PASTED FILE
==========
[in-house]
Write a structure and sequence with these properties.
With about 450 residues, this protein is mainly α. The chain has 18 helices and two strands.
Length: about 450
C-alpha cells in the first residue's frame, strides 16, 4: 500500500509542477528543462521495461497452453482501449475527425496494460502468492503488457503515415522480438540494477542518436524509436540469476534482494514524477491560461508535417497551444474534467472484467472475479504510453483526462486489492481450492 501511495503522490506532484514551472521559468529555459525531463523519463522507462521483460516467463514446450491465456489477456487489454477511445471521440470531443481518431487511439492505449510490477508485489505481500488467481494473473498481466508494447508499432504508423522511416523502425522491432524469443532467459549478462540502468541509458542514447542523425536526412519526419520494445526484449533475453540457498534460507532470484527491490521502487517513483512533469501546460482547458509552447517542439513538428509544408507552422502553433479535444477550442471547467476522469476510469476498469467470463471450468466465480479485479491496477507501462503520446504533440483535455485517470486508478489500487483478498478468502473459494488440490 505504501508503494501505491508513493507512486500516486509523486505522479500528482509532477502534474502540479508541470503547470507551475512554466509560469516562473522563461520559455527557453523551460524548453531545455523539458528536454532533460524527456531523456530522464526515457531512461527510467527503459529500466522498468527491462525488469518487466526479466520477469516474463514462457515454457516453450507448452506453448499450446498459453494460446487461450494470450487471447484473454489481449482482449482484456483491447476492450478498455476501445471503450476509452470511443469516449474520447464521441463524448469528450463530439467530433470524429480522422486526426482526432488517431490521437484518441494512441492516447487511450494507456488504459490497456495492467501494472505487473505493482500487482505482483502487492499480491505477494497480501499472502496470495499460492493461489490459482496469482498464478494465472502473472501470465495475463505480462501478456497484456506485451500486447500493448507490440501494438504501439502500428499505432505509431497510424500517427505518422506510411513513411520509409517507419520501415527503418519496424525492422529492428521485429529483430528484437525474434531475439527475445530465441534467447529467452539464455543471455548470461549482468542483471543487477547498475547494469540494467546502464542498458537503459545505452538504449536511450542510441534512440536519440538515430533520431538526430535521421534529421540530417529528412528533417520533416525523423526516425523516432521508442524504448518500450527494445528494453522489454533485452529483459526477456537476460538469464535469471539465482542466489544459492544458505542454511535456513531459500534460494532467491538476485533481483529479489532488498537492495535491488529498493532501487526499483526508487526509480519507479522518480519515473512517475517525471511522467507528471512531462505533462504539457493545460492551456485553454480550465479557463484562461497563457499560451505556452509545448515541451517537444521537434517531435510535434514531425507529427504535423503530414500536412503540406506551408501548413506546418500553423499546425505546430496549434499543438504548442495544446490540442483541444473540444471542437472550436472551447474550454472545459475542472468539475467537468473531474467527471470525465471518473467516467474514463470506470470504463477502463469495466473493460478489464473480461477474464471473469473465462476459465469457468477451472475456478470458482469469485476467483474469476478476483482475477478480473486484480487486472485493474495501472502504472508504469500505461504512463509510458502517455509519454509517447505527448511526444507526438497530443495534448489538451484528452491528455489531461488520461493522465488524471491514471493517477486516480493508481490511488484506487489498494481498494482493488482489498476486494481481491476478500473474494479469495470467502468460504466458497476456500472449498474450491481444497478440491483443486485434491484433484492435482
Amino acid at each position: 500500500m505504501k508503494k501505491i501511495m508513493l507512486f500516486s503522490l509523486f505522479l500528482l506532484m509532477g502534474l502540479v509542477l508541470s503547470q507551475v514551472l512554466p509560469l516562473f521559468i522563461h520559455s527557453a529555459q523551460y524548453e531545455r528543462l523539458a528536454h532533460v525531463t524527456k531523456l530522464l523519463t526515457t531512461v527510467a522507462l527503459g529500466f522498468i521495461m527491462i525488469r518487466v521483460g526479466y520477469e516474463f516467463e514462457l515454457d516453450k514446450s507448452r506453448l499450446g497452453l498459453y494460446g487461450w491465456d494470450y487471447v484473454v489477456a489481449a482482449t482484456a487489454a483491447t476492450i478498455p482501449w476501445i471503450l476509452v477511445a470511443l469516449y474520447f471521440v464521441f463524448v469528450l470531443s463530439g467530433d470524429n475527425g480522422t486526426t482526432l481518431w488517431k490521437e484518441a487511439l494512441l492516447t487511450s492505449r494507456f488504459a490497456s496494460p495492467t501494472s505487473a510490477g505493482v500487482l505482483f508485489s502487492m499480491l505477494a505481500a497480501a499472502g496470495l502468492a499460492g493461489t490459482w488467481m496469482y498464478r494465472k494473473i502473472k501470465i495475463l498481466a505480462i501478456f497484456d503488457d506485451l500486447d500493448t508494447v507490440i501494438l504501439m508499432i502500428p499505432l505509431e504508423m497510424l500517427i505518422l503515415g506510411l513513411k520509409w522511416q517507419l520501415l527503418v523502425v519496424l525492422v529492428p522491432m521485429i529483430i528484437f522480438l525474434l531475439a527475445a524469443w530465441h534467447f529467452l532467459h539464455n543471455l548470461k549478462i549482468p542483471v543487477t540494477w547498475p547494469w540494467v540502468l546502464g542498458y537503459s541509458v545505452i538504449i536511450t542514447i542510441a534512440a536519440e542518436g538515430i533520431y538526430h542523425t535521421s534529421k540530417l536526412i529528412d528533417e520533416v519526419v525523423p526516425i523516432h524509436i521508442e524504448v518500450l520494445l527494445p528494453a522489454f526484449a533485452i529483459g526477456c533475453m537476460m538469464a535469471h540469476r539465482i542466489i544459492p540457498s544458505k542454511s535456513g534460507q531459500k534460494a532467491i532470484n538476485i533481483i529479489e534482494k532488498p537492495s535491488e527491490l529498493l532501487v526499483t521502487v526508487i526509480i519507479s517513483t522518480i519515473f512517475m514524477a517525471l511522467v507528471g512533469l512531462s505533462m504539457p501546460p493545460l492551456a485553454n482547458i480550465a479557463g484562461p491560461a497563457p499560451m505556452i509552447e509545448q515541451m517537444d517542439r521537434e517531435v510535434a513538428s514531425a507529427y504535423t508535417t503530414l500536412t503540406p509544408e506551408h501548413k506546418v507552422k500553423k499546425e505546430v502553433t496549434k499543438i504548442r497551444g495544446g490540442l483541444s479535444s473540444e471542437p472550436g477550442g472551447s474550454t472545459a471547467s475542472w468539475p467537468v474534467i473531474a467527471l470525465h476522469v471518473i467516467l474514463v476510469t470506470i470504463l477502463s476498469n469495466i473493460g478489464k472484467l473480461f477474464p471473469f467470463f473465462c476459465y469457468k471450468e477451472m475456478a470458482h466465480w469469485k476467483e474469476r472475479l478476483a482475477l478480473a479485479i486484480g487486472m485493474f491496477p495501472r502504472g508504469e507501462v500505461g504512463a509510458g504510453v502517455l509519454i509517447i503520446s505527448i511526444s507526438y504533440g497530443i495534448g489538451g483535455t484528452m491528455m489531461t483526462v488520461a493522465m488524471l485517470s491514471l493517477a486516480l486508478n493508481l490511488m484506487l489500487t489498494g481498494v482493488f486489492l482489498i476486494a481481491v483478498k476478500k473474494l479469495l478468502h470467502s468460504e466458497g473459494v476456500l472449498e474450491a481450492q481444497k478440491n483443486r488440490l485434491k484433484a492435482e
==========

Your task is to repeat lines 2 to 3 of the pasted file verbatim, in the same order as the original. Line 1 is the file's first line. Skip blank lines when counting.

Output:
Write a structure and sequence with these properties.
With about 450 residues, this protein is mainly α. The chain has 18 helices and two strands.